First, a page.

As with the guidance on mission statements, this section focuses on the how. The who is addressed at the end of this guide.
The following techniques may help you to identity and shape a suitable vision for your institution.
Do your research
There is little point in striving to excel in something that nobody wants. This is not an easy task. Not only are you operating in a crowded and competitive marketplace, but it can also be difficult to predict now what might be in demand in five years time. Techniques such as scenario planning or some of our participatory approaches may be as close as you can get to a crystal ball in this regard.
Try to visualise the organisation you wish to become. Think about and/or articulate what it will be like to work or study at. Perhaps try using creative approaches such as describing a fictional person’s ‘journey’ or ‘storyboard’ through this new institution, or graphical metaphors to help visualise it. Anything which helps people to think outside of the constraints of how things currently are and to envisage how they might wish it to be.
Avoid the temptation of letting where you are now necessarily dictate your vision of where you want to be. Your vision statement should be proactive, not reactive and focused on new horizons, not retreading the same well worn ground.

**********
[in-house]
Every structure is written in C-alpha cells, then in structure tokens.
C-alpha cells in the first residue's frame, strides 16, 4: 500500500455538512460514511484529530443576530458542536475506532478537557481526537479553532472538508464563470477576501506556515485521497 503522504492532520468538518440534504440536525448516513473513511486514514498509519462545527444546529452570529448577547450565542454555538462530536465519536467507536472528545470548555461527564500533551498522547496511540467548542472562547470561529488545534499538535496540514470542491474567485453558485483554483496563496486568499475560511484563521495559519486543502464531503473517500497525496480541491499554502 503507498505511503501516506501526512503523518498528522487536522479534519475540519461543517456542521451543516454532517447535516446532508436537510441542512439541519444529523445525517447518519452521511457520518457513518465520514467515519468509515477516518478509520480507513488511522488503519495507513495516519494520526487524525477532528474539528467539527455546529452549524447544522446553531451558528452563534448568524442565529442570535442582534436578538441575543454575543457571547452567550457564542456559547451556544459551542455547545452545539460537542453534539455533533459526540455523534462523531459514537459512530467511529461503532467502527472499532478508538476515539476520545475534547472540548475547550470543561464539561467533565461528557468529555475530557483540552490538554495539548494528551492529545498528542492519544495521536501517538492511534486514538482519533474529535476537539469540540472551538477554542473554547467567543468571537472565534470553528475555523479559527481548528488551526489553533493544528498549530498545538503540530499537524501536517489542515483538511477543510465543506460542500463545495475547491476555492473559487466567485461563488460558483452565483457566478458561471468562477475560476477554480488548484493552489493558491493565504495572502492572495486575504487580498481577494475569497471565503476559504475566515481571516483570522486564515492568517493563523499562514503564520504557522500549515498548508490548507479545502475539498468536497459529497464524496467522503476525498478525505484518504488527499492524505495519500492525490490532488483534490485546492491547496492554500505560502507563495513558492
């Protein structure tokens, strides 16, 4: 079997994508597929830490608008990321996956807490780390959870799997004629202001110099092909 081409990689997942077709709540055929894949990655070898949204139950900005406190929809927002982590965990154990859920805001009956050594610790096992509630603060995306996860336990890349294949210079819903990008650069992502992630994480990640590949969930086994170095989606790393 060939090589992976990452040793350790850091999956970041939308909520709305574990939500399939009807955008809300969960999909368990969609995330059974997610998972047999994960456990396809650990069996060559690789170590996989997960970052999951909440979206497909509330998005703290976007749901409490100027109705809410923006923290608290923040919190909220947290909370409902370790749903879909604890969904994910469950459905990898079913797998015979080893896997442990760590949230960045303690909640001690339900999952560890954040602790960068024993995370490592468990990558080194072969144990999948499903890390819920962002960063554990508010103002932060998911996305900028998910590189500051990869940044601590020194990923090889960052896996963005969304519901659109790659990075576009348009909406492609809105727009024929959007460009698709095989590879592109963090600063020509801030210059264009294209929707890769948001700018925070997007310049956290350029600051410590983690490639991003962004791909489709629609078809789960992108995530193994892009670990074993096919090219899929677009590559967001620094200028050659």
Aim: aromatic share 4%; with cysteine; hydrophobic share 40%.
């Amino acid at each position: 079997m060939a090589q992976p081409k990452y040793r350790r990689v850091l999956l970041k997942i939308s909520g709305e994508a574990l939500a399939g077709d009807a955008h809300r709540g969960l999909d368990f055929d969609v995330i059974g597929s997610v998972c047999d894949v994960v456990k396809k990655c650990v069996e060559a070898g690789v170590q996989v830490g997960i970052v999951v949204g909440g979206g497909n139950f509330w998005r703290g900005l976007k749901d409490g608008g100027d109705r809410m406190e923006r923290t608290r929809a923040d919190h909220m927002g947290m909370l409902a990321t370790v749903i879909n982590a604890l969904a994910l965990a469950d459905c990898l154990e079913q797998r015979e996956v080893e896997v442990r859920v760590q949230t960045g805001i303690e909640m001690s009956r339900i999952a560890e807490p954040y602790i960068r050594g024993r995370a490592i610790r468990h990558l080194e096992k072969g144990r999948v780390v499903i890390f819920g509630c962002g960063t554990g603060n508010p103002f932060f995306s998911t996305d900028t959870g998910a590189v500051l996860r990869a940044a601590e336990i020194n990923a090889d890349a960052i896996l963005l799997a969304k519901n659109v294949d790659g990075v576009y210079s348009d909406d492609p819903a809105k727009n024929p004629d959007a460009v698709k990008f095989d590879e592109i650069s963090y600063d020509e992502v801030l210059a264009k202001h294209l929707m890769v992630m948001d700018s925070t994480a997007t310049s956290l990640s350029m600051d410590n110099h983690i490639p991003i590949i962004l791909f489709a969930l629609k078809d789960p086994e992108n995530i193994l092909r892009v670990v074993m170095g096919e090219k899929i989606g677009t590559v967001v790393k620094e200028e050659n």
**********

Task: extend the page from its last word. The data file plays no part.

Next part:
Look for synergies
Though people may articulate them in different ways, or chose to stress differing aspects, you may find it useful to look beyond the differences and to identify those goals which, though on the surface appear different, actually share the same roots or characteristics and whose realisation would represent fundamentally the same achievement.
Check whether any proposed elements of the vision statement are possibly contradictory in nature.
Consideration of the above in as open, creative and constructive an environment as possible should help to ensure that your vision is as broad, inspiring and challenging as possible and will, therefore, set the right overall agenda for your strategic activity. Of course, the challenge is often how to achieve consensus, especially across large, diverse and devolved institutions.
More information on who to involve in such discussions and how is covered later on in this resource.